And my friends aren't sailors. They're just friends I'd like to take out for a sail. They wouldn't get a ride as a crew on a boat, they'd be useless as anything other than weight on the rail.

Honestly, the number of times I'd actually get friends to go out with me are probably minimal. I should just buy a Laser maybe, or maybe a 420 so I could take a friend or two for at least a day sail...

There's just too many choices, haha.
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Old 01-19-2011
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Is there a local sailing center that has a range of boats with annual memberships? Here in Boston, the Boston sailing center is really popular since it isn't too expensive and you get a decently wide range of boats to choose from depending on the weather, your guests and what you feel like.
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Old 01-19-2011
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Quote:
Originally Posted by klem View Post
Is there a local sailing center that has a range of boats with annual memberships? Here in Boston, the Boston sailing center is really popular since it isn't too expensive and you get a decently wide range of boats to choose from depending on the weather, your guests and what you feel like.
This is a great idea. Thanks. There actually is one. $225/year, or $110/year if you do 3 years at a time.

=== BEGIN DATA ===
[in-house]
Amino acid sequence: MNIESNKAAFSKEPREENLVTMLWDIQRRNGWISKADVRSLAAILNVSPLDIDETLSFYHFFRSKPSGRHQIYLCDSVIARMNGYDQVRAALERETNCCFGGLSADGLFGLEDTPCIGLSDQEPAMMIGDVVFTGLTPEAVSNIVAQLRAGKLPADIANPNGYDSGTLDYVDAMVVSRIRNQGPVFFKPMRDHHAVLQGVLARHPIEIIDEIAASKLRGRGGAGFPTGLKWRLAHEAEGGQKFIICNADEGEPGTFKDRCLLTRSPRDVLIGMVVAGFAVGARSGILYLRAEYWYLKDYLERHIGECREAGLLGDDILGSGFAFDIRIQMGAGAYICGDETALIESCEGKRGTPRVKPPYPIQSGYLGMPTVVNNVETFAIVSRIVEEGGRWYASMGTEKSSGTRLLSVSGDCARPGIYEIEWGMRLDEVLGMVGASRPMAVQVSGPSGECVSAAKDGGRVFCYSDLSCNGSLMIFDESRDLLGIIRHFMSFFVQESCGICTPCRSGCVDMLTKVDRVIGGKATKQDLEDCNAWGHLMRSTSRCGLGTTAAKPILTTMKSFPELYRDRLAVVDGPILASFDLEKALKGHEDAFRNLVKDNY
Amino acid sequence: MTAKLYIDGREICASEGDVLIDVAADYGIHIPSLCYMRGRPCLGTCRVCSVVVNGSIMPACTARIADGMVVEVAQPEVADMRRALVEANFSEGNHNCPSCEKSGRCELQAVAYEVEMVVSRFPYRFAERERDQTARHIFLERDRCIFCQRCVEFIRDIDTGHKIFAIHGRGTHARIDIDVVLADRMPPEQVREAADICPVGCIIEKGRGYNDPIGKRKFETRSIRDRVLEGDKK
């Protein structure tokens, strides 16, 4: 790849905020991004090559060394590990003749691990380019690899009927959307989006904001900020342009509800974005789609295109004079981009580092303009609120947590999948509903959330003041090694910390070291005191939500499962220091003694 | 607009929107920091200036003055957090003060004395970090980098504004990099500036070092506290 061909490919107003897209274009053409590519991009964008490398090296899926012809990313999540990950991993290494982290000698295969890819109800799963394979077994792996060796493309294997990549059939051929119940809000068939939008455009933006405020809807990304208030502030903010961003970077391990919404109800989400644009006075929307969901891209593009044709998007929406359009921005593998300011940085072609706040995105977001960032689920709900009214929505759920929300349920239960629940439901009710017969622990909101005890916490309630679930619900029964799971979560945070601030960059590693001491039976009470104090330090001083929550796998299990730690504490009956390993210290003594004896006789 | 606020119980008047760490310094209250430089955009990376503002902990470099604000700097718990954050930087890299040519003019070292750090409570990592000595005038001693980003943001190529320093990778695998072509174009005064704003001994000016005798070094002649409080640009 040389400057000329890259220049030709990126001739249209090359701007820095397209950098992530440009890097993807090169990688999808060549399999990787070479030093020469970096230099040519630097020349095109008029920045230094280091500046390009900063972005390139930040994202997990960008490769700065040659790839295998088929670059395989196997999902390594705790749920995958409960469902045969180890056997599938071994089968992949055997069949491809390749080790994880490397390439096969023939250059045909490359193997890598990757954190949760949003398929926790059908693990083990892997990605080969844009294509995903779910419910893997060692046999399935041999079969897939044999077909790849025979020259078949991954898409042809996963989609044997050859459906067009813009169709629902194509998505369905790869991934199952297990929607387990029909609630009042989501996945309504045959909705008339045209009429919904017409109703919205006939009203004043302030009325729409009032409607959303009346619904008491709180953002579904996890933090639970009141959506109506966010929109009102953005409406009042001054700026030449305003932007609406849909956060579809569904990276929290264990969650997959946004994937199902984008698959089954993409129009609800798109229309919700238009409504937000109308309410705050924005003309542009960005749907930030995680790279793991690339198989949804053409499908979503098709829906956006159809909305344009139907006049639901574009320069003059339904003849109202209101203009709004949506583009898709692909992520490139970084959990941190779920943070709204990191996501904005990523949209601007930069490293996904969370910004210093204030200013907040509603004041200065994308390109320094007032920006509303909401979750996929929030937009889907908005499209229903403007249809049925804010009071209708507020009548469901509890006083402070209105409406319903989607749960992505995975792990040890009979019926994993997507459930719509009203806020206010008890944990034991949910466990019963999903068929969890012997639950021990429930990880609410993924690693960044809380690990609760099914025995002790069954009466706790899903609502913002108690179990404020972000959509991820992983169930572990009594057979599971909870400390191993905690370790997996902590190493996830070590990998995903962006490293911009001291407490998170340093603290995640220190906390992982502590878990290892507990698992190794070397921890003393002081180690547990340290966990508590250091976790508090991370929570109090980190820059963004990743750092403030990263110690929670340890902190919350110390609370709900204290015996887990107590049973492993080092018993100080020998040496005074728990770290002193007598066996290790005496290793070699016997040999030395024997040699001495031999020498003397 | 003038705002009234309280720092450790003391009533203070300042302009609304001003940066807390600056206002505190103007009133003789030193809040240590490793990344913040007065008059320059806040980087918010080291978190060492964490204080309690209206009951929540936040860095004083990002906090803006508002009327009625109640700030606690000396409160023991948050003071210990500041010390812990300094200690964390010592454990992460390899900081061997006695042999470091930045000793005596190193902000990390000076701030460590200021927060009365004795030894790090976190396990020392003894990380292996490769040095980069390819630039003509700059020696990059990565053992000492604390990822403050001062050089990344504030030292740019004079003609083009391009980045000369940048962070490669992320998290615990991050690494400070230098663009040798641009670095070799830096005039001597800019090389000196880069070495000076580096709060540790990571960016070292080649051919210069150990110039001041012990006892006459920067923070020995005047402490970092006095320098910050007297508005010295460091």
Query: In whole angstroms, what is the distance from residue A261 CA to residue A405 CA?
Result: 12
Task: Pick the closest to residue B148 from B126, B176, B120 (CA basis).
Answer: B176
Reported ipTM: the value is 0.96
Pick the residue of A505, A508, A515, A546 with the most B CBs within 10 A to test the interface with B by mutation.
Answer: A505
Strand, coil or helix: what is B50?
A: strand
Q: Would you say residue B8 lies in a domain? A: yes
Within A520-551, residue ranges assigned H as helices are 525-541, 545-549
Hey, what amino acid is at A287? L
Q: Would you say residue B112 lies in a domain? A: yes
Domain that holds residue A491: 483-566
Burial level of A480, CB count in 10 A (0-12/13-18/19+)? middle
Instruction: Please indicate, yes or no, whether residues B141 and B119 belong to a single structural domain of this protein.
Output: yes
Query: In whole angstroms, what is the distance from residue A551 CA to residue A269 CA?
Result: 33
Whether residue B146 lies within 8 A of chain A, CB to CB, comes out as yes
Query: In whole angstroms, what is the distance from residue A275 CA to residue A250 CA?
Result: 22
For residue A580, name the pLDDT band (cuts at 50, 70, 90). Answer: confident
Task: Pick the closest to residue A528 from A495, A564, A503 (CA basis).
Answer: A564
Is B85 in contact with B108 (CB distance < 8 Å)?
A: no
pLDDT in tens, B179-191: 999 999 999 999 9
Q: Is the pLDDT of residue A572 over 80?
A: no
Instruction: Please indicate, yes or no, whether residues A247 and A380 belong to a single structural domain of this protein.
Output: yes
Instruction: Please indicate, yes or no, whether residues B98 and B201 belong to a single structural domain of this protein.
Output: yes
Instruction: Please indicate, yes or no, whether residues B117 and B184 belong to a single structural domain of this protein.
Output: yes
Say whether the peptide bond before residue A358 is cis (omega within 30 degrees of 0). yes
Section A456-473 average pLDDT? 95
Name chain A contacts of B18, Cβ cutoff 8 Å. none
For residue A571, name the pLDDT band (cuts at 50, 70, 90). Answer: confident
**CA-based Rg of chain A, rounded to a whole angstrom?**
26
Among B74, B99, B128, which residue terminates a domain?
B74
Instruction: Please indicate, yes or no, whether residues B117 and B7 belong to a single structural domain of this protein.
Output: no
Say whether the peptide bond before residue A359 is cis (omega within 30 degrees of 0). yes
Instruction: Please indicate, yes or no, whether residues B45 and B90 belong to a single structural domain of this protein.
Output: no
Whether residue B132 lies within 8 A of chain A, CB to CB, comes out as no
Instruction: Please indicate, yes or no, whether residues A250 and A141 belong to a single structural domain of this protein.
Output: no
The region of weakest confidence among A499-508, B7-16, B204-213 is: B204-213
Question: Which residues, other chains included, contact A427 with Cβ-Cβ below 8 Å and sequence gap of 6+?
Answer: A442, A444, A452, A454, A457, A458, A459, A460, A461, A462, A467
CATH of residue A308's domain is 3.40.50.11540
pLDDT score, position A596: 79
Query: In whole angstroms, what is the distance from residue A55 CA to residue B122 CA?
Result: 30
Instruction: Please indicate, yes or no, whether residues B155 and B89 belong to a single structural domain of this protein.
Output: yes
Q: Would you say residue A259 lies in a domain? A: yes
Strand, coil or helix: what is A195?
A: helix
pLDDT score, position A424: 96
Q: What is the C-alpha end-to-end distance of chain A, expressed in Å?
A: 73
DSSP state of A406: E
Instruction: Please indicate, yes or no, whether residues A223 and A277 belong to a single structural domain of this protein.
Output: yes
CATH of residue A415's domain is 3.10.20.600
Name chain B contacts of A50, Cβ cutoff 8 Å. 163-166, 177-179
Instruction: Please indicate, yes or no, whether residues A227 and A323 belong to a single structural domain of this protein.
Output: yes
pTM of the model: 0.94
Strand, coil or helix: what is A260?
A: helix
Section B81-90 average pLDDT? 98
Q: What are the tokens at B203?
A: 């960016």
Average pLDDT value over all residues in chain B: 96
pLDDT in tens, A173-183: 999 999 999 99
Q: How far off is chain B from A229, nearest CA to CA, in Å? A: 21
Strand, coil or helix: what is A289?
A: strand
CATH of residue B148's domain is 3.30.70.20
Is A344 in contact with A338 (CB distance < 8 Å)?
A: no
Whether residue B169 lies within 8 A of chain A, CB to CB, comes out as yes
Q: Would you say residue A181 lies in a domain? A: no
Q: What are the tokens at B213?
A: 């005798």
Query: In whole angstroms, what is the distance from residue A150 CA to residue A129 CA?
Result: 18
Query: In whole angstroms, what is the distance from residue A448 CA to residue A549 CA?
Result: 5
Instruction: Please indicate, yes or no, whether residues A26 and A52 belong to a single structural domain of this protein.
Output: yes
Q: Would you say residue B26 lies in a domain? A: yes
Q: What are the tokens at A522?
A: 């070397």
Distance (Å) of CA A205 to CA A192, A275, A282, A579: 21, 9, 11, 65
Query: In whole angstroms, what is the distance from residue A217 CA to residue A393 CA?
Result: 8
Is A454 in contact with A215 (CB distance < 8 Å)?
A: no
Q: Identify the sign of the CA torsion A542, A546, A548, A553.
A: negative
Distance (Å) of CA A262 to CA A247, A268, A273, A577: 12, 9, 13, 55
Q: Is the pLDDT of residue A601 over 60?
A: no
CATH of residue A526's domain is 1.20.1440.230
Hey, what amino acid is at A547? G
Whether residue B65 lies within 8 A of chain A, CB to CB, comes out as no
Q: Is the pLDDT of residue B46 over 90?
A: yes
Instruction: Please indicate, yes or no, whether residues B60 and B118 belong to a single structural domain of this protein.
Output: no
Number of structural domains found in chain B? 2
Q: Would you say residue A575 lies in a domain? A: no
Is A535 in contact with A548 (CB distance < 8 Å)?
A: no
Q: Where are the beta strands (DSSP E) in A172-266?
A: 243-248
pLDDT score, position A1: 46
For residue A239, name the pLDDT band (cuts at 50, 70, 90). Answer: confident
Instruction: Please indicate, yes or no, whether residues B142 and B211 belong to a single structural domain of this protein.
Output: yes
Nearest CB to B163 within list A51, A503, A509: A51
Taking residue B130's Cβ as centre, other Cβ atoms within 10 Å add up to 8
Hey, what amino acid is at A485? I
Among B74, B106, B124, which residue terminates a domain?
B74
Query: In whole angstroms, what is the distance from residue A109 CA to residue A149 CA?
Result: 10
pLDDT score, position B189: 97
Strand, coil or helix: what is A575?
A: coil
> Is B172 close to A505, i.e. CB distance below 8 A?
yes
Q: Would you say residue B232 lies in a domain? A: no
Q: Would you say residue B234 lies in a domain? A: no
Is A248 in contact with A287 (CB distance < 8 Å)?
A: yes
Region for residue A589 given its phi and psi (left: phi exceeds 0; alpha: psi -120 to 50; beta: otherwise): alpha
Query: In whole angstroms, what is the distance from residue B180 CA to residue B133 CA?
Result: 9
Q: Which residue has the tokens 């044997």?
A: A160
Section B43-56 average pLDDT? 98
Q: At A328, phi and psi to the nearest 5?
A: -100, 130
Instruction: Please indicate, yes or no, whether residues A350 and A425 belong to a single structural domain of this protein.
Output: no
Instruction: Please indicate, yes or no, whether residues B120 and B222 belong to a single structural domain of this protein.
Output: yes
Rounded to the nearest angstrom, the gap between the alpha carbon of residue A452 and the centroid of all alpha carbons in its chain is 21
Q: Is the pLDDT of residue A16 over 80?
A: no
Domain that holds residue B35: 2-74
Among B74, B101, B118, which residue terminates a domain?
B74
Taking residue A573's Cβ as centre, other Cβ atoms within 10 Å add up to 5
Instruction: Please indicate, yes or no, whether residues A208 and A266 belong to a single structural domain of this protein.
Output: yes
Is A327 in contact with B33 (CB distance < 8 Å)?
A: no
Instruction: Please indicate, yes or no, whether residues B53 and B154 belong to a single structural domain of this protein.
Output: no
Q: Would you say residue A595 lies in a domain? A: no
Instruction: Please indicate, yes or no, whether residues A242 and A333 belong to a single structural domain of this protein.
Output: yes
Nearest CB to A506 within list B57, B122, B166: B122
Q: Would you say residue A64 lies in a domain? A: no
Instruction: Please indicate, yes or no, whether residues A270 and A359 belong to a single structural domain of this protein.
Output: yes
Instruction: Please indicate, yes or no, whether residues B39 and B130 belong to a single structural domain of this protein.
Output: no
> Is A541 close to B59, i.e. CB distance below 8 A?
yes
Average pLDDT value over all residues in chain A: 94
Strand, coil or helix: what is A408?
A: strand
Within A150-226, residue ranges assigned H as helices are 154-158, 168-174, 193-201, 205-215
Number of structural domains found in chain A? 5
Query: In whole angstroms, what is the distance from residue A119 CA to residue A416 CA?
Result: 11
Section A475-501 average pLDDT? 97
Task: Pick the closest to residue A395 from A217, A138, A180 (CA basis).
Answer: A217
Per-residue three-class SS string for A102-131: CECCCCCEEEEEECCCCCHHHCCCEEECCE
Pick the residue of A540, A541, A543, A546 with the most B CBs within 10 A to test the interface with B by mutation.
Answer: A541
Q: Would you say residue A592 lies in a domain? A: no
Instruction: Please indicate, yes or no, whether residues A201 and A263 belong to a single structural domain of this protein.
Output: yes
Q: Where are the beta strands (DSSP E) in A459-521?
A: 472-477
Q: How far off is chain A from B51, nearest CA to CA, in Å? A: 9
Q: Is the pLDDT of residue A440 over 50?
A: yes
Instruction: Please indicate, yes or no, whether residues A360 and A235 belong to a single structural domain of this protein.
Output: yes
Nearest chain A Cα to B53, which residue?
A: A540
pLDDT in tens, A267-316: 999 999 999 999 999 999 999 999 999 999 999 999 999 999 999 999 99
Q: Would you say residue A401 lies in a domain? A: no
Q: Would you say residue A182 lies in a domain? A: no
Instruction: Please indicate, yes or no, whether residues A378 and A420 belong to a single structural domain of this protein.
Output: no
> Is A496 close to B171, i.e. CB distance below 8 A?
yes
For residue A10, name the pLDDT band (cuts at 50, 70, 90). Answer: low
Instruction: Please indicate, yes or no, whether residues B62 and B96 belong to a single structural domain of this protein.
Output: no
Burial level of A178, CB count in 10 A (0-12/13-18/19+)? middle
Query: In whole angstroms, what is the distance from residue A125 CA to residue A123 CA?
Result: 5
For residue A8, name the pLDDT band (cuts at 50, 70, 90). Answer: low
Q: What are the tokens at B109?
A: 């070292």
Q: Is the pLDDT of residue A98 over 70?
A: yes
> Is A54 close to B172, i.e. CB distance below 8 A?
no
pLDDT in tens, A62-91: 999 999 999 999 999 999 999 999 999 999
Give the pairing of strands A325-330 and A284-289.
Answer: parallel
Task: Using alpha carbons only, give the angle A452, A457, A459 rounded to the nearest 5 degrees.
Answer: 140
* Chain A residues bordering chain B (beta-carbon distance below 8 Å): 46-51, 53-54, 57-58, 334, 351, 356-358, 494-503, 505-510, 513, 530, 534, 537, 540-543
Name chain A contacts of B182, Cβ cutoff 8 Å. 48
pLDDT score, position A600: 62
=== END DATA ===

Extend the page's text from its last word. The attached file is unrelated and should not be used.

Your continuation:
They've got Sunfish, Flying Scots, and 420s. They won't let adults sail the 420, not sure why. They only have 7 Flying Scots, but I guess there's probably enough to go around.

One problem is that the boats aren't allowed to be used between March 31 and Oct 31 on weekends (or long weekends) after 11 AM. No restrictions in the winter.

For that price, it's worth it to me to buy a Laser for myself for racing, and then just go up there and sail a Flying Scot when I want to take some people out. $110/year is extremely cheap (for anything, let alone sailing!).
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Old 01-19-2011
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I'd say go travel around (if you can) and just see what you can get your hands on. Walk the docks, check all places that boats live.
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Old 01-19-2011
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Get Steve Henkel's book, The Sailor's Book of Small Cruising Sailboats, which covers over 300 boats under 27' LOA. While not the best book there is, it covers a lot and has some good lists of what boats would be good for what purposes.
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Old 01-19-2011
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This is a great time to buy used smaller sailboats. I have a Catalina 27 that sounds just like what you want, Drinks for 6, sailing for 4, over night for 2. There are many different brands of that combination around and most are a good deal for the shopper.
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Old 01-20-2011
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Merit 25

I think a Merit 25 would suit very well. Fast day sailor with fractional rig. Has a head and cabin so you could weekend or longer with close freind. 4 foot draft fixed fin keel, 8 foot beam 2900 pounds with 1950 ballast. 277 sq ft rig.